By Doug Decker | Historian
Editor’s note: Historian-turned-teacher Doug Decker offers a new chapter each Monday in neighborhood history for students continuing their schooling at home. Visit Home History School at AlamedaHistory.org for archived and new lesson plans. One May Monday, he offered the history lesson below related to the area’s oldest living residents: trees.
Portland has more than 300 Heritage Trees, which have a special designation because of their unique size, age or historical significance. Northeast Portland neighborhoods have a great cluster of Heritage Trees north of Broadway Street, east of Interstate Avenue, south of Killingsworth Street and west of 33rd Avenue.
A bunch are probably within walking distance of you, so it’s time to meet some of them, especially one of our favorites, the Pearson Pine at 29th Avenue and Fremont Street.
Long ago, before neighborhoods existed on these lands, there were forests of Douglas-fir, hemlock, western red cedar, alder, maple and even pine that blanketed these lands. Gradually many of those trees were cut either for lumber or to make room for the farm fields and orchards that followed.
And then 100 years ago, when most of our neighborhoods were just taking shape, the people who built our streets and houses figured the new homeowners would want tree-lined streets. But they knew it would take a while, so they planted many different kinds. Some of those have gotten old and big.
One such tree is the big Ponderosa pine at the southwest corner of 29th Avenue and Alameda Street. A few years back, I nominated that tree to Portland’s heritage tree list after learning its story, which goes something like this:
Back in about 1885, there was a forest fire that burned through this area and killed many trees, young and old, but left some trees untouched. After the fire, a local farmer named Samuel Pearson – who used to run a dairy that stood about where Alameda School is today – found one of these young seedlings that survived the fire: a Ponderosa pine tree, which is much more common in eastern Oregon.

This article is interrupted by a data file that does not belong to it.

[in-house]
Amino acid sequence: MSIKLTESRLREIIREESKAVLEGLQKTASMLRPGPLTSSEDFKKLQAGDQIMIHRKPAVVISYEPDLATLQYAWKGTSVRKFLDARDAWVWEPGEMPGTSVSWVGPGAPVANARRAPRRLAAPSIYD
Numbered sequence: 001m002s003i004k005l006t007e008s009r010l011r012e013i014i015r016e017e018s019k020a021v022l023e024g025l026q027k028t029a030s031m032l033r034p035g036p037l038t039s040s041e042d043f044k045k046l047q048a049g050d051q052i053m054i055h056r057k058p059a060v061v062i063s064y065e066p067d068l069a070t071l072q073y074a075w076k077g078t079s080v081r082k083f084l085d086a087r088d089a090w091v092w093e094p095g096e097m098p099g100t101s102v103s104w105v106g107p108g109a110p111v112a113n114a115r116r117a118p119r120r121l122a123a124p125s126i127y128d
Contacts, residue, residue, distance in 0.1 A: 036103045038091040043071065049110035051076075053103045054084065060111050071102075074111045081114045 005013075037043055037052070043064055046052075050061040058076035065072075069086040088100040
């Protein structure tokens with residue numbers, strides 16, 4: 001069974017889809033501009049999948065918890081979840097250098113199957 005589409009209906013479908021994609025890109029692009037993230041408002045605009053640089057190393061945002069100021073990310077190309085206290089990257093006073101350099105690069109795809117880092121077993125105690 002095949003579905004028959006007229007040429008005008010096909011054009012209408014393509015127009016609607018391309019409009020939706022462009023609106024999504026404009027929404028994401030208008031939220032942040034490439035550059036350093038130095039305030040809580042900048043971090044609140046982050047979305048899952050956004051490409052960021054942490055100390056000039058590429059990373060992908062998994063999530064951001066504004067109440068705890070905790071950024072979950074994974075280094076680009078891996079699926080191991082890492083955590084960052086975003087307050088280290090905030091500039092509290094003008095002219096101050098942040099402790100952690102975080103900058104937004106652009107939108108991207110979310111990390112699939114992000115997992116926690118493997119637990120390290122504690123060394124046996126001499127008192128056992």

Because it was different than most of the other trees around here, Samuel knew it would always stand out, so he planted it in a special place to mark the corner of his property. Today, it’s a giant, visible from all around.
His dairy and cows are long gone, but Samuel was right: that tree sure stands out. So do all of the other Heritage Trees in the neighborhood.
Heritage Trees activity suggestions & novelties
- Have a look at the trees around your house. Can you tell which one is the tallest or the oldest? Ask around your family or your neighbors to see if you can learn when your trees were planted. (One family who lived in our house planted a live Christmas tree in front of our house back in the 1970s and it grew tall before it had to be removed).
- How about your neighborhood? Can you tell which trees are the tallest or the oldest? Have they been trimmed to make way for the power lines? Can you see old scars where branches may have broken off in the snow, ice or wind?
- Here’s something that might be fun. See if you can identify the species of trees you have around your house or on your block. There are many clues to look at when you identify your tree: the shape of its leaves (or needles), the texture of its bark, its shape and size, its flowers, cones, seeds or fruit. Check out this helpful tree identification tool.
- Which is your favorite tree in your neighborhood? Why? How have you seen it change? Draw a picture of your favorite tree.
- Draw a map that shows the different trees around your house or on your block and what kind they are.
- Go visit the Pearson Pine and stand underneath its branches. Did you know this is one of the oldest living things in our area? What stories do you think it could tell?
- Did you know trees all have different sounds as the winds blow through? Next windy day, listen carefully.
- Here’s a link to the map of some local Heritage Trees. Choose a few to visit and find your favorite.
Doug Decker initiated his blog AlamedaHistory.org in 2007 to collect and share knowledge about the life of old houses, buildings and neighborhoods in northeast Portland. His basic notion is that insight to the past adds new meaning to the present.